As a Product Manager, it is my responsibility to analyze trends and problems that customers and clients are experiencing. After gathering information, I build a Product Strategy that will give our clients a competitive advantage in the gift card market.  One topic that has become increasingly popular is the subject of Accessibility. Accessibility is the design of products, devices, services, or environments created for people who are living with disabilities. Laws are enforced and assist with mandating accessibility but do not necessarily provide a “How To” guide. However,  there are a set of standards, the Web Content Accessibility Guidelines (WCAG), that can be used to define how to make Web content more accessible.

So, how does accessibility impact gift cards? We will look at 3 different examples and solutions that can be integrated into the purchasing process.

  1. Purchaser has a vision impairment.
    Problem: “I want to purchase a gift card, but without image descriptions, I can’t pick the appropriate design for my friend’s birthday.”
    Solution: Screen readers transform and translate web content to either voice or braille for people with visual disabilities. The usability of a page with a screen reader is not dependent on the type of screen reader, but rather on the structure of the page. The most useful features are first and provide enough context for users so that they can actually interact with the page. There are several Screen Readers out there. Examples of the most commonly used are VoiceOver for Macs, NVDA and Jaws for Windows.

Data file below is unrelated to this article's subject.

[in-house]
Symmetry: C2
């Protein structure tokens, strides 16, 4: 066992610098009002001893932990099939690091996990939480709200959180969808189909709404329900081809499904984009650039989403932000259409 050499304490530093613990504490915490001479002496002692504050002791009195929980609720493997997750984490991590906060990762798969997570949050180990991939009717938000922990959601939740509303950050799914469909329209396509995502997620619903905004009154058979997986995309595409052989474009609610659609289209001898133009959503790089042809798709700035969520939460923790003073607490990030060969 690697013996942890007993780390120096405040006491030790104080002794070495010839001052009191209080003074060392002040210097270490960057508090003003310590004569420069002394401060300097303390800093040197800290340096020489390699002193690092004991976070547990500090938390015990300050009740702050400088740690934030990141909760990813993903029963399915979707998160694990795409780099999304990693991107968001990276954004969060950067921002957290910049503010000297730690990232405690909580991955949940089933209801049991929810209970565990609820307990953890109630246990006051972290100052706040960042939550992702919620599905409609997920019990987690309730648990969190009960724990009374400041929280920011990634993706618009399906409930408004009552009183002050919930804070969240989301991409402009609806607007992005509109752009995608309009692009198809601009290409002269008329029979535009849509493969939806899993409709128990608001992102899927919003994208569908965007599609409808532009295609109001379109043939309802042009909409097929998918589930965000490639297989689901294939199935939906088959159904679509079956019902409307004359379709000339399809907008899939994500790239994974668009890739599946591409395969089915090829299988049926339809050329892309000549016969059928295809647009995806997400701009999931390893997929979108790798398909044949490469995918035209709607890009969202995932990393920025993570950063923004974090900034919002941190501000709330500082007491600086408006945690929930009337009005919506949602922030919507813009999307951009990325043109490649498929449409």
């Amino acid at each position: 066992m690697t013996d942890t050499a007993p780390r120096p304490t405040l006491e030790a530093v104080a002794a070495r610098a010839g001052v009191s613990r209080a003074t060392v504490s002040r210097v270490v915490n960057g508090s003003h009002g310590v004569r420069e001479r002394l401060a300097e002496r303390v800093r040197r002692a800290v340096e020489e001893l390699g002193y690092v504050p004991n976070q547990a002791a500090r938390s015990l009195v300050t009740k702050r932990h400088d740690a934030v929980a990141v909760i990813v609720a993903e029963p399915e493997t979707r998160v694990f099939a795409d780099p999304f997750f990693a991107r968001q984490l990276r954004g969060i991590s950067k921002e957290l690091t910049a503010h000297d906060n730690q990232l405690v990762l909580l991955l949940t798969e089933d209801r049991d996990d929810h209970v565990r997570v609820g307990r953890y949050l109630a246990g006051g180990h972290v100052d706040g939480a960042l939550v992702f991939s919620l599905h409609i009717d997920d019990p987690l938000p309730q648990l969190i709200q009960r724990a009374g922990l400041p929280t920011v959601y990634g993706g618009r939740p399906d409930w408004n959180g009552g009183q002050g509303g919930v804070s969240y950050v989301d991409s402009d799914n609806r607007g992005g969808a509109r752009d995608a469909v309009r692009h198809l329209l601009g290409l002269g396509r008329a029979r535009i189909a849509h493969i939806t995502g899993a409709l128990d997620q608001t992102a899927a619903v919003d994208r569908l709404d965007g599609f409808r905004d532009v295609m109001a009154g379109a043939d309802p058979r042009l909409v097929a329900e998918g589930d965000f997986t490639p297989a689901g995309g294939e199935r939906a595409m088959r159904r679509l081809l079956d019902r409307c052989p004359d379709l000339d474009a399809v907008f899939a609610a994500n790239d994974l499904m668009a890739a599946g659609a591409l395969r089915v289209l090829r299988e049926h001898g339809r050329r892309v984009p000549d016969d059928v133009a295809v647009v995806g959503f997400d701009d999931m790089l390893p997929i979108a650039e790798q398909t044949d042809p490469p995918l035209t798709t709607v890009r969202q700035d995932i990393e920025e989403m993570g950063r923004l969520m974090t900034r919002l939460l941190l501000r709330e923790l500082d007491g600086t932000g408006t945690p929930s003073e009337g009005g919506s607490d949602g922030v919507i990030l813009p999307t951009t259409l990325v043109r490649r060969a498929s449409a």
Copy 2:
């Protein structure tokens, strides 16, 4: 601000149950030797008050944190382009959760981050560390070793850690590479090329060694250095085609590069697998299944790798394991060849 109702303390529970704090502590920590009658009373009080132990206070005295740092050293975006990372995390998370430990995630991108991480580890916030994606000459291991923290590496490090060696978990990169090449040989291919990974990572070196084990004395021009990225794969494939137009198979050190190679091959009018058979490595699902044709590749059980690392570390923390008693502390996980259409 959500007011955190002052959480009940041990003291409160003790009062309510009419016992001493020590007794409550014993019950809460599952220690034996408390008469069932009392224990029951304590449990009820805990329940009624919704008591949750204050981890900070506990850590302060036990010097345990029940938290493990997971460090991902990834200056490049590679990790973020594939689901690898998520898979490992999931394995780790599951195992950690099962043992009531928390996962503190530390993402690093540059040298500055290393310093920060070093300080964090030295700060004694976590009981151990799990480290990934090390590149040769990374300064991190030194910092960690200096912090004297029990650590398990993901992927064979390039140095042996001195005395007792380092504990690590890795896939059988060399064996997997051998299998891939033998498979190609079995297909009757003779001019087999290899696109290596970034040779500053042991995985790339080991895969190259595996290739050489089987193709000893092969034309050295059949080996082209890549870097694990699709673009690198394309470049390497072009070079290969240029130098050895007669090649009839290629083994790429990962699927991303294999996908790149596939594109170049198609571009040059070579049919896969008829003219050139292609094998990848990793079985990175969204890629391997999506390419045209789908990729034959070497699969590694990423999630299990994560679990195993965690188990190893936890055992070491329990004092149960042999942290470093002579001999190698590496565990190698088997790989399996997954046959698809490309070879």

2. Purchaser is in crisis/panic mode.
    Problem: “I forgot my wife’s birthday. I need to get her a gift NOW or else I’ll never hear the end of it!”
    Solution: Panic can trigger “flight or fight” reflexes so having clear indicators of how to proceed are important. Examples of streamlined user interfaces are numbered steps or a simple layout to guide users through the process. When incorporating these steps, users are more likely to complete their purchase successfully and return next time.


  3. Purchaser has a motor disability.
    Problem: “I broke my arm and can’t use a mouse properly. It’s Father’s Day and I really need to get my dad a gift.”
    Solution: When only using a keyboard to navigate through a web-page, users are guided with an indicator of focus. They assist with position tracking by highlighting the current selected option. For years, UI designers have been inadvertently making the web inaccessible by removing the focus indicator when it doesn’t fit with a brand’s style. Instead of removing the guiding tool, brands should customize the indicator’s design and style it to suit the brand’s aesthetic.


It’s important to remember that these are just three examples and does not by-any-means cover the diversity of people living with disabilities or those who are in crisis. Every person is different, and their situation and circumstance vary. I encourage us all to think outside of “the box” and consider the people that don’t usually come to mind when building web applications and web sites. By not considering them, and making your product inaccessible, you are essentially losing out on potential, loyal customers and the revenue that that would bring.